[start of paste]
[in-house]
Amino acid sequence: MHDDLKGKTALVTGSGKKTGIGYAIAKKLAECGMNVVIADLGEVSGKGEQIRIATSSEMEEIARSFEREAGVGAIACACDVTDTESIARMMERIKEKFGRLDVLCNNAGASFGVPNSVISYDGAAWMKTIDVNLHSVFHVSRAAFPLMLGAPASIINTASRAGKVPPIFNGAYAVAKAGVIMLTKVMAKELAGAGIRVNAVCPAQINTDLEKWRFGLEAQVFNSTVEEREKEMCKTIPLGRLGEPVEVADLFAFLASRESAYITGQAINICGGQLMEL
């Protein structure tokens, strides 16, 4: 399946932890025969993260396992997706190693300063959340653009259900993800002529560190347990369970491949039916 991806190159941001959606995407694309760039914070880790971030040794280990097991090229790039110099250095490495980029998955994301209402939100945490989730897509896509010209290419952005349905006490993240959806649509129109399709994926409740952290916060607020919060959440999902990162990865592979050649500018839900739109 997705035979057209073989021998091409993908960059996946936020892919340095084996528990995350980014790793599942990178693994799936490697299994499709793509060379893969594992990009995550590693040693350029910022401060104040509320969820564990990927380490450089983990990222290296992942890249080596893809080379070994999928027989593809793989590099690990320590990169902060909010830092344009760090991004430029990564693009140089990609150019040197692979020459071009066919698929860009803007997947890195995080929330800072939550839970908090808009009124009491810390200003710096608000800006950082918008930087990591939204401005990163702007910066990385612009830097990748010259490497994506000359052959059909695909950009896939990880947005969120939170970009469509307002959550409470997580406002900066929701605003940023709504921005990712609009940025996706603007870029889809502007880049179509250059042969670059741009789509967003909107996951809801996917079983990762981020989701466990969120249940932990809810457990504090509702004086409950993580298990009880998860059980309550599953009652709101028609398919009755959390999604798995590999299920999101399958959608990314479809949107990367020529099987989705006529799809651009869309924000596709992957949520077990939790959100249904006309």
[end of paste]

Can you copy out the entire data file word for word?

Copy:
[in-house]
Amino acid sequence: MHDDLKGKTALVTGSGKKTGIGYAIAKKLAECGMNVVIADLGEVSGKGEQIRIATSSEMEEIARSFEREAGVGAIACACDVTDTESIARMMERIKEKFGRLDVLCNNAGASFGVPNSVISYDGAAWMKTIDVNLHSVFHVSRAAFPLMLGAPASIINTASRAGKVPPIFNGAYAVAKAGVIMLTKVMAKELAGAGIRVNAVCPAQINTDLEKWRFGLEAQVFNSTVEEREKEMCKTIPLGRLGEPVEVADLFAFLASRESAYITGQAINICGGQLMEL
């Protein structure tokens, strides 16, 4: 399946932890025969993260396992997706190693300063959340653009259900993800002529560190347990369970491949039916 991806190159941001959606995407694309760039914070880790971030040794280990097991090229790039110099250095490495980029998955994301209402939100945490989730897509896509010209290419952005349905006490993240959806649509129109399709994926409740952290916060607020919060959440999902990162990865592979050649500018839900739109 997705035979057209073989021998091409993908960059996946936020892919340095084996528990995350980014790793599942990178693994799936490697299994499709793509060379893969594992990009995550590693040693350029910022401060104040509320969820564990990927380490450089983990990222290296992942890249080596893809080379070994999928027989593809793989590099690990320590990169902060909010830092344009760090991004430029990564693009140089990609150019040197692979020459071009066919698929860009803007997947890195995080929330800072939550839970908090808009009124009491810390200003710096608000800006950082918008930087990591939204401005990163702007910066990385612009830097990748010259490497994506000359052959059909695909950009896939990880947005969120939170970009469509307002959550409470997580406002900066929701605003940023709504921005990712609009940025996706603007870029889809502007880049179509250059042969670059741009789509967003909107996951809801996917079983990762981020989701466990969120249940932990809810457990504090509702004086409950993580298990009880998860059980309550599953009652709101028609398919009755959390999604798995590999299920999101399958959608990314479809949107990367020529099987989705006529799809651009869309924000596709992957949520077990939790959100249904006309």